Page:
Once the soldier throws the grenade, the safety lever releases, the striker throws the safety lever away from the grenade body as it rotates to detonate the primer. The primer explodes and ignites the fuse (sometimes called the delay element). The fuse burns down to the detonator, which explodes the main charge.

When using an antipersonnel grenade, the objective is to have the grenade explode so that the target is within its effective radius. For the M67 fragmentation grenade used by several NATO nations, the effective kill zone has a five meter radius, while the casualty-inducing radius is approximately fifteen meters.[35] Fragments can fly as far as 230 meters. Usually people in a 15 meter radius are injured enough to effectively render them harmless.

Cooking off is a term referring to intentionally holding onto an armed grenade after the pin has been pulled and the handle released; allowing the fuse to burn partially to decrease the time to detonation after throwing. This technique is used to reduce the ability of the enemy to take cover or throw the grenade back. It is also used to allow the grenade to burst in the air over defensive positions.[36] This technique is inherently dangerous, since fuses may vary from grenade to grenade. Because of this the U.S. Marines (MCWP 3-35) describe cooking-off as the "least preferred technique," recommending a "hard throw, skip/bounce technique" to prevent an enemy returning a grenade.

A call is usually given upon deploying a grenade, to warn friendly forces. Some yells, such as frag out or fire in the hole, signal that a grenade has been deployed. In any instance the purpose is to warn fellow soldiers to take cover. In the U.S. Military, when a grenade is dropped into an enclosed space like a tunnel, room, or trench, the person dropping the grenade yells fire in the hole to warn that an explosion is about to occur. Standard U.S. military procedure includes calling frag out to indicate that a fragmentation grenade has been deployed. Yelling the word "Grenade!" is used to warn others to seek cover from an enemy grenade that has landed in the immediate vicinity.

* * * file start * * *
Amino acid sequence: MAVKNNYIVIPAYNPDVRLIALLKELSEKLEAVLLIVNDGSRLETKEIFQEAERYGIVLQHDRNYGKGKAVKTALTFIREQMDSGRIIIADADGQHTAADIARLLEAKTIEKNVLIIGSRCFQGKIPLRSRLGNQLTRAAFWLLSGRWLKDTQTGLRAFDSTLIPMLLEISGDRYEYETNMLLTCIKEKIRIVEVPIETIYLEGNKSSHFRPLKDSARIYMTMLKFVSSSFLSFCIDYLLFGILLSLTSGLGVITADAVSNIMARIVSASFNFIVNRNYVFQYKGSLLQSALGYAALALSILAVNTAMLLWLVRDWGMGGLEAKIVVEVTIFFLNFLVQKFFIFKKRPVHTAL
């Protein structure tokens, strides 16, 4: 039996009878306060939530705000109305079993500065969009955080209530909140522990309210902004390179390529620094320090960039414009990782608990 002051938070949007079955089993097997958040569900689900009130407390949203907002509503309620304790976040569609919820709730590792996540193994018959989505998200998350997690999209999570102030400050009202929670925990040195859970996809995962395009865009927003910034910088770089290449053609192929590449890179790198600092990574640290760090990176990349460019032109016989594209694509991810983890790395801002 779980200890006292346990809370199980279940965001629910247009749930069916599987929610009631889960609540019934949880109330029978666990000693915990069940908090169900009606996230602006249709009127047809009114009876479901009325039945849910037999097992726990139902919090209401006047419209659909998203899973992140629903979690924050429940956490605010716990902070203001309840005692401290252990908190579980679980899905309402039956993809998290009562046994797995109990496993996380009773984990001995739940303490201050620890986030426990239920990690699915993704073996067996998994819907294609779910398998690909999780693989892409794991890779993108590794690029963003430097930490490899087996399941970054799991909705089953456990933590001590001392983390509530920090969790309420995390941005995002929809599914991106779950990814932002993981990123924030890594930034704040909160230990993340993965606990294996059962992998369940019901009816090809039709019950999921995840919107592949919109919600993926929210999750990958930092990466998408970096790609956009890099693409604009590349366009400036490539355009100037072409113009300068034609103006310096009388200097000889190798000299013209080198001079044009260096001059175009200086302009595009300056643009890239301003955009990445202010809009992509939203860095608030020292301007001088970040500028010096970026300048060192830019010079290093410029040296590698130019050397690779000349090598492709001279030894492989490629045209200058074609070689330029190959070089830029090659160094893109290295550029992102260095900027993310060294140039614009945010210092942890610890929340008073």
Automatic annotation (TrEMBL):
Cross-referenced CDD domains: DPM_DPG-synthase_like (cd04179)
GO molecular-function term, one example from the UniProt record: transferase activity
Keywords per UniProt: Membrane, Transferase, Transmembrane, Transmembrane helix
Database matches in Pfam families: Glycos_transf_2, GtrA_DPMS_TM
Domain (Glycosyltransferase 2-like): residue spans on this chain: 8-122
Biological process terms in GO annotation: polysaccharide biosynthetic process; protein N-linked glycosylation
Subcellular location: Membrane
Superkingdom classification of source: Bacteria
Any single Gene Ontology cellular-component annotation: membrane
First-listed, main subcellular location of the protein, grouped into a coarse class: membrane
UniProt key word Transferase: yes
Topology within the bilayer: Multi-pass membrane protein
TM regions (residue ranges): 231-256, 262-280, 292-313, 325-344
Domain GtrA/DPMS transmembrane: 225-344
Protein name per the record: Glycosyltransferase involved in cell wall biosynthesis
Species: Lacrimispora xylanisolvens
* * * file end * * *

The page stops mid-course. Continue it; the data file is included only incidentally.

Grenades are often used in the field to construct booby traps, using some action of the intended target (such as opening a door, or starting a car) to trigger the grenade. These grenade-based booby traps are simple to construct in the field using readily available materials. The most basic technique involves wedging a grenade in a tight spot so the safety lever does not leave the grenade when the pin is pulled. A string is then tied from the head assembly to another stationary object. When a soldier steps on the string, the grenade is pulled out of the narrow passageway, the safety lever is released, and the grenade detonates.

Discarded RGD-5 hand grenade (live but unfuzed) in Northern Kuwait

Abandoned booby traps and discarded grenades contribute to the problem of unexploded ordnance. The use of trip wire-triggered grenades (along with land mines in general) is banned under the Ottawa Treaty and may be treated as a war crime wherever it is ratified. India, the People's Republic of China, Russia, and the United States have not signed the treaty despite international pressure, citing self-defense needs.